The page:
“It was getting warm and was about time to head back home. I wanted her to catch a trout before the day was over. I put her into the spot where I had just hooked a good fish. It was tricky wading in but once we got there it was good fishing. She hooked a trout on the second cast but lost it in the heavy current. I waded to the bank but stayed close.
“About a couple of minutes later I looked up and saw that her rod was bent. Terri had a big trout on. Lori was fishing nearby and told Terri that she would be unable to land the trout there and needed to wade out to quieter water. Lori cranked in her line and got out of Terri’s way.
“I waded out and helped Terri wade to the bank. She concentrated on keeping steady pressure on the trout and at the same time she let the trout run when he wanted to. It was an epic battle, but Terri prevailed. She had landed a stout 24-inch hook-jawed male rainbow. We took some quick photos and released the trout. Terri had landed the biggest fish of the day, a trophy rainbow.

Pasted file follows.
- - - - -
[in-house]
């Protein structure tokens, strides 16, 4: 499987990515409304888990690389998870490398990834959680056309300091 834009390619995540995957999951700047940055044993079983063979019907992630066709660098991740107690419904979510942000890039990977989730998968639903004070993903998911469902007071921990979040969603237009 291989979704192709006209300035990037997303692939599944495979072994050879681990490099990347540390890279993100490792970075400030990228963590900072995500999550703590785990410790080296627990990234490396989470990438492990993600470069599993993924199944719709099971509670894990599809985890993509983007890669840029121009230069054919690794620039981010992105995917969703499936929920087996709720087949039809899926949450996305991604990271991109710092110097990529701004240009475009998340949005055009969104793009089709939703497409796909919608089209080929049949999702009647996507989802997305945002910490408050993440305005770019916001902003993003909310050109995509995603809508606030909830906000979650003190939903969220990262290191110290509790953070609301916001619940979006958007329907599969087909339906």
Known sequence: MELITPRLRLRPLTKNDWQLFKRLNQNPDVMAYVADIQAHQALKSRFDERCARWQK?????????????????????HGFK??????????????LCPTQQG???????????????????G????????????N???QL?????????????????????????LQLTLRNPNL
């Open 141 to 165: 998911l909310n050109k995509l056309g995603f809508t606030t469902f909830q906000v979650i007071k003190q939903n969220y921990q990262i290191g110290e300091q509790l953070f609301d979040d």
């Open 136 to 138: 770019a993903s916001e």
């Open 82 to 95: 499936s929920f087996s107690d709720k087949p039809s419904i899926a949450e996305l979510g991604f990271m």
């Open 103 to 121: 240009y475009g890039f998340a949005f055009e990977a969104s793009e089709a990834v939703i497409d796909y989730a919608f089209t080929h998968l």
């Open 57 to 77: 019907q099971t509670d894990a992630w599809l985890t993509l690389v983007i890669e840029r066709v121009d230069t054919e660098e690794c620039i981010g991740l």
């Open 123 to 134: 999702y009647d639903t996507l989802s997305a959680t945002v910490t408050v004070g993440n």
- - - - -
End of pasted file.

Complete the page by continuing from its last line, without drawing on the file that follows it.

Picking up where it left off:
“Old tippet had kept Terri from landing trout. Once she was properly rigged with a fresh leader and tippet, she was able to land a good fish.”

Buffalo National River/Crooked Creek

(updated 8-22-2018) John Berry of Berry Brothers Guide Service in Cotter (870-435-2169) said the Buffalo National River and Crooked Creek are a bit higher. The smallmouths are active. John’s favorite fly is a Clouser minnow. Carefully check the water level before entering Crooked Creek or the Buffalo River. There are no dams on these streams. They both have large drainages and are prone to flooding during and following any rain event. The water can rise very quickly.